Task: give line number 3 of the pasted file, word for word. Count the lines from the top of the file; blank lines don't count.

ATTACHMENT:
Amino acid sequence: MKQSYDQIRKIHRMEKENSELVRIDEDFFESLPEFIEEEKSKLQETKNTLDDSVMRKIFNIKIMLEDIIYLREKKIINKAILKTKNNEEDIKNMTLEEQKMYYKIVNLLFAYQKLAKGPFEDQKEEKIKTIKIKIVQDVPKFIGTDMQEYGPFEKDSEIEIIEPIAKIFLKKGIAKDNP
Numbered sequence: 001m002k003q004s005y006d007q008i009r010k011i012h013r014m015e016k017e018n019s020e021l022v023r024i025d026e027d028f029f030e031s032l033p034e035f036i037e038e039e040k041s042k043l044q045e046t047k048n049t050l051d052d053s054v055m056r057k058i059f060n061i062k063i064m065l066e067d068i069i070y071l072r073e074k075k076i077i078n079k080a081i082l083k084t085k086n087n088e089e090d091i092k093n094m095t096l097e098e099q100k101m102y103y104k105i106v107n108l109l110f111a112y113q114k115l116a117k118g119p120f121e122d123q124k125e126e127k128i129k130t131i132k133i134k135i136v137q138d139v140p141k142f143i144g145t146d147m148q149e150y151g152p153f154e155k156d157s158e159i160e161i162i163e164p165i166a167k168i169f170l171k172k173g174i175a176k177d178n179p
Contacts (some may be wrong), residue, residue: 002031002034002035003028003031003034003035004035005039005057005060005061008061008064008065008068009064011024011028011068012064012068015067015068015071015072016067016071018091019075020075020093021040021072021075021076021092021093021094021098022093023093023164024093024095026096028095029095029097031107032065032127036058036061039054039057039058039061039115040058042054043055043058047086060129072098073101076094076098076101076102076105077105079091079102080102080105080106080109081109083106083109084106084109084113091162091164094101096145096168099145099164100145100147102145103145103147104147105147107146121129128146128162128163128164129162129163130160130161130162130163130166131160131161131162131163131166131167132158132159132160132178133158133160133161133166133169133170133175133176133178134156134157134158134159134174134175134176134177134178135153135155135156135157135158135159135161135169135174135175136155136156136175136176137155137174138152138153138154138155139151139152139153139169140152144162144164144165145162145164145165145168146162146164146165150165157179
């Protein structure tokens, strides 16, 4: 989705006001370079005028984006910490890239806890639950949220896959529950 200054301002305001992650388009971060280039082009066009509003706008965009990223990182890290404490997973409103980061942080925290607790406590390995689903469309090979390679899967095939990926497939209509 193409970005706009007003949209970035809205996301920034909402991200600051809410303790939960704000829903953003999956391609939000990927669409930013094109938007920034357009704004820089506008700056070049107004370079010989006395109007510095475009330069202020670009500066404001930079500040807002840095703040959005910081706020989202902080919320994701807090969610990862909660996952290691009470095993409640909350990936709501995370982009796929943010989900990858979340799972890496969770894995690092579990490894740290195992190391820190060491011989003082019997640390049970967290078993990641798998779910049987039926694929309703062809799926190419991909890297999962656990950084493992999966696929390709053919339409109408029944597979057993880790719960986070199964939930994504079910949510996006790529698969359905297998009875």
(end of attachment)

Contacts (some may be wrong), residue, residue: 002031002034002035003028003031003034003035004035005039005057005060005061008061008064008065008068009064011024011028011068012064012068015067015068015071015072016067016071018091019075020075020093021040021072021075021076021092021093021094021098022093023093023164024093024095026096028095029095029097031107032065032127036058036061039054039057039058039061039115040058042054043055043058047086060129072098073101076094076098076101076102076105077105079091079102080102080105080106080109081109083106083109084106084109084113091162091164094101096145096168099145099164100145100147102145103145103147104147105147107146121129128146128162128163128164129162129163130160130161130162130163130166131160131161131162131163131166131167132158132159132160132178133158133160133161133166133169133170133175133176133178134156134157134158134159134174134175134176134177134178135153135155135156135157135158135159135161135169135174135175136155136156136175136176137155137174138152138153138154138155139151139152139153139169140152144162144164144165145162145164145165145168146162146164146165150165157179